keywords = "Immunohistochemistry, Macrophage, Macrophage migration inhibitory factor, T cell, Transplantation",
author = "Brown, {Fiona G.} and Nikolic-Paterson, {D. J.} and C. Metz and R. Bucala and Atkins, {R. C.} and Lan, {H. Y.}",
year = "1999",
month = "11",
day = "17",
doi = "10.1046/j.1365-2249.1999.01048.x",
language = "English",
volume = "118",
pages = "329--336",
journal = "Clinical and Experimental Immunology",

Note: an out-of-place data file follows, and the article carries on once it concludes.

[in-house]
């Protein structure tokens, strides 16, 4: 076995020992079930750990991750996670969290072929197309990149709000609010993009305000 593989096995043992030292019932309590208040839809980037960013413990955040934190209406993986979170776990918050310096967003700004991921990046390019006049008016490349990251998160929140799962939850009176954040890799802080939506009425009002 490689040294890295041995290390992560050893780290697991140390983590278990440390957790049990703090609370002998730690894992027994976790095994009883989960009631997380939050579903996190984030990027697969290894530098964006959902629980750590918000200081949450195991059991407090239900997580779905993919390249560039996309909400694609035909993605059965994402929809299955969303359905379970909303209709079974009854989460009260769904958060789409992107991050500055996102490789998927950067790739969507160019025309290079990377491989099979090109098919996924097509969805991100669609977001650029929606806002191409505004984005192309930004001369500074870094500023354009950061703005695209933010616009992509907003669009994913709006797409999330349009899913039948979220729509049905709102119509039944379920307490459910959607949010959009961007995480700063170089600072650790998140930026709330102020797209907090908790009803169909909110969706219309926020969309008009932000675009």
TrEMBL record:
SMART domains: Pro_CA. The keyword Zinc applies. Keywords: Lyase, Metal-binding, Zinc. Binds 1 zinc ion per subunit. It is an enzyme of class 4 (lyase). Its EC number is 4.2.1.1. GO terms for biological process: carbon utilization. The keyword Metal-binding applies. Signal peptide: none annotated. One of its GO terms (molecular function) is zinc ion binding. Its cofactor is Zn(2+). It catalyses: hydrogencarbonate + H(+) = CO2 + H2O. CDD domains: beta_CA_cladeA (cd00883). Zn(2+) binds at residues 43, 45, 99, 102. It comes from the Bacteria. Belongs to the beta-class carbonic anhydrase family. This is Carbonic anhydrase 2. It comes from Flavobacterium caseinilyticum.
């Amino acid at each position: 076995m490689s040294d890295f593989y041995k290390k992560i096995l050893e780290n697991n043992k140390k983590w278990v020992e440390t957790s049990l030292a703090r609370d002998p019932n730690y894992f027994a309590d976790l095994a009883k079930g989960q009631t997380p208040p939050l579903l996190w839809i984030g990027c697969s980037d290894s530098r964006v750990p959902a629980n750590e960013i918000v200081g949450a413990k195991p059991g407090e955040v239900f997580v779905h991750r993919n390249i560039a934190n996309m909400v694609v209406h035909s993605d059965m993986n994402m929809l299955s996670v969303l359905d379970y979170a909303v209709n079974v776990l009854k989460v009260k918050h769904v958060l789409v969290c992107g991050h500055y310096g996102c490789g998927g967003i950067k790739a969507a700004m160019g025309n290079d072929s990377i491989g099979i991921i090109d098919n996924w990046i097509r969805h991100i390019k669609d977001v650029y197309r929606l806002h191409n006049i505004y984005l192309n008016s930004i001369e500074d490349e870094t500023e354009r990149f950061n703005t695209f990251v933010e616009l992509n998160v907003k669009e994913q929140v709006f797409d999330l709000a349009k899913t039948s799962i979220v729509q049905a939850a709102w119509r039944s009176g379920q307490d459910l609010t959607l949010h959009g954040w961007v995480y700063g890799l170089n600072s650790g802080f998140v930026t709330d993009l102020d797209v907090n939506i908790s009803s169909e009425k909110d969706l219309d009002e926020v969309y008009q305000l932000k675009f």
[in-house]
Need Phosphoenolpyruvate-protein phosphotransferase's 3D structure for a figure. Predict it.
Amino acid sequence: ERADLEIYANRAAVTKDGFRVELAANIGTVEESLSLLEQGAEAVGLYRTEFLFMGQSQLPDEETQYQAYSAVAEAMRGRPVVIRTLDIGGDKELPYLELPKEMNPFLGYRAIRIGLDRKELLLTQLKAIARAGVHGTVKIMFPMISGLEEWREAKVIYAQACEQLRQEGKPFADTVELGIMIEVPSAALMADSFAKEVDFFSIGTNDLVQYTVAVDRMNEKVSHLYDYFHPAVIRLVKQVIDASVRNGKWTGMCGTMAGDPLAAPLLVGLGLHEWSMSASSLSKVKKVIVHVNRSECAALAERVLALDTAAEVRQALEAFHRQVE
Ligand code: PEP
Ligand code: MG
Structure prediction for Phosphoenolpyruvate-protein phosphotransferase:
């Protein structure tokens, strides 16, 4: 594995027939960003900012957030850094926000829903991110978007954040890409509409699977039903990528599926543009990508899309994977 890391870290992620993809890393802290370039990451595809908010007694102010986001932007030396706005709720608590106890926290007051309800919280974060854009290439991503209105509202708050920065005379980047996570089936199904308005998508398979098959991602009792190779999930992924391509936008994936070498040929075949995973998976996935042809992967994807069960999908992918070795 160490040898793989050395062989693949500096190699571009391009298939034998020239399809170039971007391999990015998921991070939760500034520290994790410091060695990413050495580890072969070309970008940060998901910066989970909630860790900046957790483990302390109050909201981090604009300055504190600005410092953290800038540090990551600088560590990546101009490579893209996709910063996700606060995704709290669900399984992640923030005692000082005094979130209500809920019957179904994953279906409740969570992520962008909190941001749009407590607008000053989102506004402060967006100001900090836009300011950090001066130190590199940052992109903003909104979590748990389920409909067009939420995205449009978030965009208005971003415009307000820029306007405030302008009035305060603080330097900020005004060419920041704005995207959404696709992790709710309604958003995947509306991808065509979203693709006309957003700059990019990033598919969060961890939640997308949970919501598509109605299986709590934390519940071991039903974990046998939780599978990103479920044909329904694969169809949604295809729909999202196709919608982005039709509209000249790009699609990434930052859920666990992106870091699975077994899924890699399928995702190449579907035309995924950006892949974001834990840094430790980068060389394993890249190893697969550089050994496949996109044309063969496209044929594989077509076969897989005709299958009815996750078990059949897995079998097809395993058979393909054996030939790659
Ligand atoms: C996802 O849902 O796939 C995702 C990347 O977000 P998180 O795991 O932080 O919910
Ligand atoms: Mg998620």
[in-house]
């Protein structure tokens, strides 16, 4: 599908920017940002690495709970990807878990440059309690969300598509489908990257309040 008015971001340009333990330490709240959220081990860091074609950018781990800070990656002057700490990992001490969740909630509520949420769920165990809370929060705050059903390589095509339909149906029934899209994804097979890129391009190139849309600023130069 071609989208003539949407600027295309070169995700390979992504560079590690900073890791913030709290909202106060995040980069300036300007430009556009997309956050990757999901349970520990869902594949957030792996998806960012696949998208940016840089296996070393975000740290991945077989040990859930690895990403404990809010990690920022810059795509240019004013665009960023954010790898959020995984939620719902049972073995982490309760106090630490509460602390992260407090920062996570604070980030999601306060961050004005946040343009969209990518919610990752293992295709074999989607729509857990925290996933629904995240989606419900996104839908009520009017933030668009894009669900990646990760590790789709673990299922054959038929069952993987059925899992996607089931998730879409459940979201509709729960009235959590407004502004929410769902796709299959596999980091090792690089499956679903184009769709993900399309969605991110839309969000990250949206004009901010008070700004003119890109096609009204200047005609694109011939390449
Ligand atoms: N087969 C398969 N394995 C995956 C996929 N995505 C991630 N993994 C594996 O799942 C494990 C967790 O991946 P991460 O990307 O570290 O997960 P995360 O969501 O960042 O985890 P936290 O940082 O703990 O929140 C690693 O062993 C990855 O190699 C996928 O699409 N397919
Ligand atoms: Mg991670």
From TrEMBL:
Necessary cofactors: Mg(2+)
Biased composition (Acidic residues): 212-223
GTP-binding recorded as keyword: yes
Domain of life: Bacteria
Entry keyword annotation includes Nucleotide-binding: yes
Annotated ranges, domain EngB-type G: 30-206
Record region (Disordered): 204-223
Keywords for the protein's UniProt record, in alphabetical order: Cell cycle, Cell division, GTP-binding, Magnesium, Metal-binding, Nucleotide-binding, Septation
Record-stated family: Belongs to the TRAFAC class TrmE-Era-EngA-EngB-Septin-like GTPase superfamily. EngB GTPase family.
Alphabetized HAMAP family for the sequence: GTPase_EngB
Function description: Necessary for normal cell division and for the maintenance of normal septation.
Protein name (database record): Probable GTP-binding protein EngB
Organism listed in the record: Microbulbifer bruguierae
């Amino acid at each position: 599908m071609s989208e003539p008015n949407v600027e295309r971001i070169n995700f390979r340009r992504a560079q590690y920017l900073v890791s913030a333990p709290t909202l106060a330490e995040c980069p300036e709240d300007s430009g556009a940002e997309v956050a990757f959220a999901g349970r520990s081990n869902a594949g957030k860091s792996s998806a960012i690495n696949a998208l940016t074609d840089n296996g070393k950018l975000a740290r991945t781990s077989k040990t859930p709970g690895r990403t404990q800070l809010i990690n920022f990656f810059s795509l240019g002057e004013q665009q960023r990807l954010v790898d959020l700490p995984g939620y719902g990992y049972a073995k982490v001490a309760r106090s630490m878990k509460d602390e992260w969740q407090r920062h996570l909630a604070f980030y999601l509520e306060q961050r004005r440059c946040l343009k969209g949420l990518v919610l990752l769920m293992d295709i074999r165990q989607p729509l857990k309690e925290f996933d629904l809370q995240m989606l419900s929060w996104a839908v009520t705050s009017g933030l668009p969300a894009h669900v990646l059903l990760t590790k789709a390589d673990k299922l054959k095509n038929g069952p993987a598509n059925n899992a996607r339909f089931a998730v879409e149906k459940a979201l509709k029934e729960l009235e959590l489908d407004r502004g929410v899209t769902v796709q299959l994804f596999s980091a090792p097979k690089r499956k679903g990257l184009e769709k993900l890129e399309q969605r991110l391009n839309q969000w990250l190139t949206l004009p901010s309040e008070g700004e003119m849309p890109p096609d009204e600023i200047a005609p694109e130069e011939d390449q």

issn = "0009-9104",
publisher = "Blackwell Science Ltd Oxford BSL",
number = "2",

}

Up-regulation of macrophage migration inhibitory factor in acute renal allograft rejection in the rat. / Brown, Fiona G.; Nikolic-Paterson, D. J.; Metz, C.; Bucala, R.; Atkins, R. C.; Lan, H. Y.

In: Clinical and Experimental Immunology, Vol. 118, No. 2, 17.11.1999, p. 329-336.

Research output: Contribution to journalArticleResearchpeer-review

TY - JOUR

T1 - Up-regulation of macrophage migration inhibitory factor in acute renal allograft rejection in the rat

AU - Brown, Fiona G.

AU - Nikolic-Paterson, D. J.

AU - Metz, C.

AU - Bucala, R.

AU - Atkins, R. C.

AU - Lan, H. Y.

PY - 1999/11/17

Y1 - 1999/11/17